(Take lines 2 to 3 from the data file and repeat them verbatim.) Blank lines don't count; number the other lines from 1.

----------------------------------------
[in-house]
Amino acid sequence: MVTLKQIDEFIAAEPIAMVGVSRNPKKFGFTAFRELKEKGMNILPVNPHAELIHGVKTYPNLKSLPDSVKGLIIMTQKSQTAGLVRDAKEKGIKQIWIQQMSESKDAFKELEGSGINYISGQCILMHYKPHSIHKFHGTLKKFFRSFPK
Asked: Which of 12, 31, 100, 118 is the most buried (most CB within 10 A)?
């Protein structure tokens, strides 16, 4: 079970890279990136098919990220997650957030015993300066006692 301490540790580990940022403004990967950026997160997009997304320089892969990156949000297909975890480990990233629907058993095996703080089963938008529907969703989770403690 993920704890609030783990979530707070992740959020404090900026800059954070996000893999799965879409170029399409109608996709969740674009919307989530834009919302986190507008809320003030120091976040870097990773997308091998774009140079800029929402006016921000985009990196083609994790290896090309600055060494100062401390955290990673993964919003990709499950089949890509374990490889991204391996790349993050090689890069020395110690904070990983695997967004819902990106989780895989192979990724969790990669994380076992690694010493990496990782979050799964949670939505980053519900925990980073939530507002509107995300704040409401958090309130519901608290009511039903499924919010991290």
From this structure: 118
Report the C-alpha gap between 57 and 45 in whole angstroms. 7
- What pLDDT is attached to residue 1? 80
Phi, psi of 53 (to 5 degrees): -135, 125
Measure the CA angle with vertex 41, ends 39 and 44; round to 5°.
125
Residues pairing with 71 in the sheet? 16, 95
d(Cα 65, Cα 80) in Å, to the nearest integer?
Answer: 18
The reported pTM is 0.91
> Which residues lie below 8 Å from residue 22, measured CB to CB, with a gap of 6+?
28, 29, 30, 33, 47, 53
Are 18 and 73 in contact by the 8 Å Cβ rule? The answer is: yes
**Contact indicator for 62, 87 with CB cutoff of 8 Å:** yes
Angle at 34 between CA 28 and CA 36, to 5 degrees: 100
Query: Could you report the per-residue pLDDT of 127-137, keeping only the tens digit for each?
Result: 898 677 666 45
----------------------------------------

Amino acid sequence: MVTLKQIDEFIAAEPIAMVGVSRNPKKFGFTAFRELKEKGMNILPVNPHAELIHGVKTYPNLKSLPDSVKGLIIMTQKSQTAGLVRDAKEKGIKQIWIQQMSESKDAFKELEGSGINYISGQCILMHYKPHSIHKFHGTLKKFFRSFPK
Asked: Which of 12, 31, 100, 118 is the most buried (most CB within 10 A)?